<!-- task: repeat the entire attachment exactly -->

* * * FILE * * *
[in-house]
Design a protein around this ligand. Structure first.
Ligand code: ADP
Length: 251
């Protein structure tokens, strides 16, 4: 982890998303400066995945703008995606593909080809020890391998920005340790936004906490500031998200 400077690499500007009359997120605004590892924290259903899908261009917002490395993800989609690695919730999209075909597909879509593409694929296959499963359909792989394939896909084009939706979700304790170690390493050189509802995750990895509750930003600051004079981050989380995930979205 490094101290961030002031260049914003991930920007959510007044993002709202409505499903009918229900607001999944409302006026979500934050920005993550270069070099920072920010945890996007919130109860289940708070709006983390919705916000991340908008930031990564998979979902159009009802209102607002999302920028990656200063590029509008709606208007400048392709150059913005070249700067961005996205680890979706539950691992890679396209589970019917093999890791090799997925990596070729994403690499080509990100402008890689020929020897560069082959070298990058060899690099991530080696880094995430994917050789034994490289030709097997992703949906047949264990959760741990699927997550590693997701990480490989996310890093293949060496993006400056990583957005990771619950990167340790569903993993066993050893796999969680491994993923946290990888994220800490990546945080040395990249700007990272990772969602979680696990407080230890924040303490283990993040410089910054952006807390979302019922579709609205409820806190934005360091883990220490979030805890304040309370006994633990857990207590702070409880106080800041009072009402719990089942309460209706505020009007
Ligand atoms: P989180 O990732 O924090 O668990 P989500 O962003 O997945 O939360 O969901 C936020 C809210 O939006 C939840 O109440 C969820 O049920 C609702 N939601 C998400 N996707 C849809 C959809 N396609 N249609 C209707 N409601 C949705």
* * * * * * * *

[in-house]
Design a protein around this ligand. Structure first.
Ligand code: ADP
Length: 251
């Protein structure tokens, strides 16, 4: 982890998303400066995945703008995606593909080809020890391998920005340790936004906490500031998200 400077690499500007009359997120605004590892924290259903899908261009917002490395993800989609690695919730999209075909597909879509593409694929296959499963359909792989394939896909084009939706979700304790170690390493050189509802995750990895509750930003600051004079981050989380995930979205 490094101290961030002031260049914003991930920007959510007044993002709202409505499903009918229900607001999944409302006026979500934050920005993550270069070099920072920010945890996007919130109860289940708070709006983390919705916000991340908008930031990564998979979902159009009802209102607002999302920028990656200063590029509008709606208007400048392709150059913005070249700067961005996205680890979706539950691992890679396209589970019917093999890791090799997925990596070729994403690499080509990100402008890689020929020897560069082959070298990058060899690099991530080696880094995430994917050789034994490289030709097997992703949906047949264990959760741990699927997550590693997701990480490989996310890093293949060496993006400056990583957005990771619950990167340790569903993993066993050893796999969680491994993923946290990888994220800490990546945080040395990249700007990272990772969602979680696990407080230890924040303490283990993040410089910054952006807390979302019922579709609205409820806190934005360091883990220490979030805890304040309370006994633990857990207590702070409880106080800041009072009402719990089942309460209706505020009007
Ligand atoms: P989180 O990732 O924090 O668990 P989500 O962003 O997945 O939360 O969901 C936020 C809210 O939006 C939840 O109440 C969820 O049920 C609702 N939601 C998400 N996707 C849809 C959809 N396609 N249609 C209707 N409601 C949705």